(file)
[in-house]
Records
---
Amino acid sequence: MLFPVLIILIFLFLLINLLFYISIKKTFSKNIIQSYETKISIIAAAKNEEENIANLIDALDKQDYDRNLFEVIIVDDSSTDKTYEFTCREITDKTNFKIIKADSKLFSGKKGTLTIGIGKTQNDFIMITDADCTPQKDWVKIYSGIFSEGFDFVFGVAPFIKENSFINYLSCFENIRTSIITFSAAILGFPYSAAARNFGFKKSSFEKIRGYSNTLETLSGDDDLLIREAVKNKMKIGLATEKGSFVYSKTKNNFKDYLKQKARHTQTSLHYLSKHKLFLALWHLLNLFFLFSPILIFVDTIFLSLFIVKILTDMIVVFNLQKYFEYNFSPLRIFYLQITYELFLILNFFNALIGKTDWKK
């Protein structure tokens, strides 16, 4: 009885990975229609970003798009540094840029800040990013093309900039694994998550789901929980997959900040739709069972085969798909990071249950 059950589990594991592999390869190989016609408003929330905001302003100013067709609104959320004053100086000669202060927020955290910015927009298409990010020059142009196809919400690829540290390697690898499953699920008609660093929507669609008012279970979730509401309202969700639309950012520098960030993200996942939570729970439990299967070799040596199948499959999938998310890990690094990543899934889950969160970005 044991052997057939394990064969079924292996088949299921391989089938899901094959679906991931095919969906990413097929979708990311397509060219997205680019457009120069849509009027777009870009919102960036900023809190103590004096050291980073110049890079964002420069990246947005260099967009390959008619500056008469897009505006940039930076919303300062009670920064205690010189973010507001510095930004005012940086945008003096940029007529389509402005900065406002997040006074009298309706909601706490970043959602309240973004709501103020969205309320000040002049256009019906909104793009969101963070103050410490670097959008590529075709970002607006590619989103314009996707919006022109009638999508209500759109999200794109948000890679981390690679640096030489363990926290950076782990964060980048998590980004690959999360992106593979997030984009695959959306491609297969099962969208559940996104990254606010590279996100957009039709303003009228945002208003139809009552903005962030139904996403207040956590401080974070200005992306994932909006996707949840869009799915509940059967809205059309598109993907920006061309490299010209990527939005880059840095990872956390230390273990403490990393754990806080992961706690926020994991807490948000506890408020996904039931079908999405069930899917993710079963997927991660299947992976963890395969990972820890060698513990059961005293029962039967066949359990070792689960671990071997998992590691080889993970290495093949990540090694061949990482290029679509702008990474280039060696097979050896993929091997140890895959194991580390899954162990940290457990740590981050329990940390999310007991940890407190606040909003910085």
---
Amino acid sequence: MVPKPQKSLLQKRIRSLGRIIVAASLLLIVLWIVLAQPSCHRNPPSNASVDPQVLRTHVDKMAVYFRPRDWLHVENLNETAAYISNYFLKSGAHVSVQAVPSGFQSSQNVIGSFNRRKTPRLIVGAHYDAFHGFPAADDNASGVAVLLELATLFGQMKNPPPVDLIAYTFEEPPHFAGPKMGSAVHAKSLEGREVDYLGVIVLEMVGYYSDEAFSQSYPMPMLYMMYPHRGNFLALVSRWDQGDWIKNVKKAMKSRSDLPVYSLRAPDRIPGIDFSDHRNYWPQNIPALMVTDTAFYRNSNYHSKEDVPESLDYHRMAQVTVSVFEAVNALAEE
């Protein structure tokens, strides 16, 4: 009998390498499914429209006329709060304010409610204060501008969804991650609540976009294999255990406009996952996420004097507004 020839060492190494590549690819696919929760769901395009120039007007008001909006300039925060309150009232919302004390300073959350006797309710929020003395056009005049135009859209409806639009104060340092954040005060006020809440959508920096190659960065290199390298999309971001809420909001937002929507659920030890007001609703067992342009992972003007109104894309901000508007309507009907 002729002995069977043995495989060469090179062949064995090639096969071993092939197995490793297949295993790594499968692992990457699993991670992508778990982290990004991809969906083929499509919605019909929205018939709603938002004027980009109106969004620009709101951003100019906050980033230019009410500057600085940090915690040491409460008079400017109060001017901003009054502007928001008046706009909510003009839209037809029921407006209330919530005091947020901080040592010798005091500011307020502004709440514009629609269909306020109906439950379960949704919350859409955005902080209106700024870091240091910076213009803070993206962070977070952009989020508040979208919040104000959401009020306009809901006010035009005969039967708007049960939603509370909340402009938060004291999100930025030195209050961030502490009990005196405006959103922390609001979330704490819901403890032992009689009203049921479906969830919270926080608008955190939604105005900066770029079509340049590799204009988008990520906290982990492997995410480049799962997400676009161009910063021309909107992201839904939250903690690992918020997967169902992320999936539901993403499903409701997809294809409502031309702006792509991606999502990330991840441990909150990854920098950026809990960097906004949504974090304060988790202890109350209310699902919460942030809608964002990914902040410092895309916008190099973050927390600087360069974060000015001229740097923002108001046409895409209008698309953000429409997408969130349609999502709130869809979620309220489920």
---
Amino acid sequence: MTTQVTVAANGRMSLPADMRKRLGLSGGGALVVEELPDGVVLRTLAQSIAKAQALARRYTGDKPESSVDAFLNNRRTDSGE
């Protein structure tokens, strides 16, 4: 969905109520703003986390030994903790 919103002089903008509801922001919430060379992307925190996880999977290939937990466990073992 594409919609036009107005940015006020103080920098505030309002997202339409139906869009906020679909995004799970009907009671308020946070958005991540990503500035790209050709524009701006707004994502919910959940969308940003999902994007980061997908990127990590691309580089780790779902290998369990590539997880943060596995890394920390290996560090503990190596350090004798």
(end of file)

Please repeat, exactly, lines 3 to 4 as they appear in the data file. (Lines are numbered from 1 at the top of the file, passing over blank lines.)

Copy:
---
Amino acid sequence: MLFPVLIILIFLFLLINLLFYISIKKTFSKNIIQSYETKISIIAAAKNEEENIANLIDALDKQDYDRNLFEVIIVDDSSTDKTYEFTCREITDKTNFKIIKADSKLFSGKKGTLTIGIGKTQNDFIMITDADCTPQKDWVKIYSGIFSEGFDFVFGVAPFIKENSFINYLSCFENIRTSIITFSAAILGFPYSAAARNFGFKKSSFEKIRGYSNTLETLSGDDDLLIREAVKNKMKIGLATEKGSFVYSKTKNNFKDYLKQKARHTQTSLHYLSKHKLFLALWHLLNLFFLFSPILIFVDTIFLSLFIVKILTDMIVVFNLQKYFEYNFSPLRIFYLQITYELFLILNFFNALIGKTDWKK